We have an opportunity to make the stories seem very relevant as well. You know, our little girl in the story Zoe, is very particular. She experiences certain fears from the storm that goes off in one of the scenes to being afraid to climb the top bunk to get her little dolly that is up there. The little angels take her back to meet with Jonah and Jonah shares with her that he, too, experienced fear so much so that when God called him he ended up in the belly of a big fish. One of the things that he has done to calm his own fears is to pray and he encourages little Zoe to do that. So when the children are now back in the nursery and she’s looking up on the top bunk and she puts her hand on her heart and says, “I know that God loves me. I know that he does.” And through the power of prayer [or perhaps Roma Downey should say “through communication and encouragement from angels”] in that moment, she climbs to the top bunk.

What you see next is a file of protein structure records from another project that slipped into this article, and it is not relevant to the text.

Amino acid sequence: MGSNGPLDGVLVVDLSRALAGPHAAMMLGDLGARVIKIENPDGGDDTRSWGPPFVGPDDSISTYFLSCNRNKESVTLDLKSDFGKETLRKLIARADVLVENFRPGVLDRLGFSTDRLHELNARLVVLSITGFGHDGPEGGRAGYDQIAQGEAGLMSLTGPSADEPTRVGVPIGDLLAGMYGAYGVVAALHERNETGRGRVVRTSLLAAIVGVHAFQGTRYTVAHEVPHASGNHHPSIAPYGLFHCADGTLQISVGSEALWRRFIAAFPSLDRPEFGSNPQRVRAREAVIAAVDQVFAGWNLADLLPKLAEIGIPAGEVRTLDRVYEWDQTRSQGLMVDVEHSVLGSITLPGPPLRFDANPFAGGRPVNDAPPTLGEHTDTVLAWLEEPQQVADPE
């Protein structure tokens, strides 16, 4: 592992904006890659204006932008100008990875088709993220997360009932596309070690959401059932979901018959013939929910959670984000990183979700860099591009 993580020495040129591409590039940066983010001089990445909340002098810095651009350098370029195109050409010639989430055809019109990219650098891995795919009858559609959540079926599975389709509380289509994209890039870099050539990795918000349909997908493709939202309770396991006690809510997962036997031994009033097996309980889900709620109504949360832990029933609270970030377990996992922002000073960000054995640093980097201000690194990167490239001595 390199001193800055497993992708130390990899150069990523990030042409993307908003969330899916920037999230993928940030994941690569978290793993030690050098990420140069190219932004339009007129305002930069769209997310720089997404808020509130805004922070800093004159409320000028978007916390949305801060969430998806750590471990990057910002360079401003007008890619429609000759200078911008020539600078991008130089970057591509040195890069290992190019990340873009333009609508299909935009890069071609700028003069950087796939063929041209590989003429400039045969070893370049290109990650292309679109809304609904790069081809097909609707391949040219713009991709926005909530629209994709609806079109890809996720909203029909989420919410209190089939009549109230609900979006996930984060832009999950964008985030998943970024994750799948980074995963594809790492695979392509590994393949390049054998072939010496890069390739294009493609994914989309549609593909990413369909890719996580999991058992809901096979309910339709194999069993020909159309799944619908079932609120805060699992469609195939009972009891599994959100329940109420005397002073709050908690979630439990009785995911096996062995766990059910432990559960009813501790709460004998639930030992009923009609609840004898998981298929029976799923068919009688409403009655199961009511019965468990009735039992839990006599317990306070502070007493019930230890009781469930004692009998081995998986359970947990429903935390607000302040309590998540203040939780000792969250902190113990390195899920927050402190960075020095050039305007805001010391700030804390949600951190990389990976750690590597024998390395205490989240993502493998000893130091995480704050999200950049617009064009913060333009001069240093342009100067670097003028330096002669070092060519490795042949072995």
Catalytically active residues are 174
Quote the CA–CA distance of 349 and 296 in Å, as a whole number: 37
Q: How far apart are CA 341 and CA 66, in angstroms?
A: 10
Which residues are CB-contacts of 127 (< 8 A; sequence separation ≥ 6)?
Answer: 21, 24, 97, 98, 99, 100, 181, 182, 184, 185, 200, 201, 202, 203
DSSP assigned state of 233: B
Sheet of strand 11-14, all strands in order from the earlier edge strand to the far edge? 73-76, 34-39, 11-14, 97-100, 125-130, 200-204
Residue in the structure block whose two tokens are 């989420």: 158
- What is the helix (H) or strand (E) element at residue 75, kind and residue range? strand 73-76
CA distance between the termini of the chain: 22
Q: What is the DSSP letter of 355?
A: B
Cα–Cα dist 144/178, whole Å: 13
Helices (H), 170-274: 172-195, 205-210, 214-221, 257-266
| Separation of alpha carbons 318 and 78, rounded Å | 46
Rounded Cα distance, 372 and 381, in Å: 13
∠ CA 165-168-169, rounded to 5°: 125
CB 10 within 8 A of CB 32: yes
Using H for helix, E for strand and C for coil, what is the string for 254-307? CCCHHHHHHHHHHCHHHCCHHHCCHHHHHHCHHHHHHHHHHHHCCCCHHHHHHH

So I think that even though it’s designed in an age-appropriate way to reach someone, I think there is a way to bring the stories very much alive and to find the relevance that will teach them and make the stories very current in their lives today.

CP: You are involved in a lot of things. What kind of legacy do you want to leave behind in your work. Do you want to be known as the actress, the executive producer, the mother of 3, the wife of Mark Burnett? How would you like to be remembered and what kind of legacy would you like to leave?

Roma: I think, perhaps, the virtue that I hold dear is one of kindness.

I try to live my life with my faith in loving actions. Perhaps, it would be that…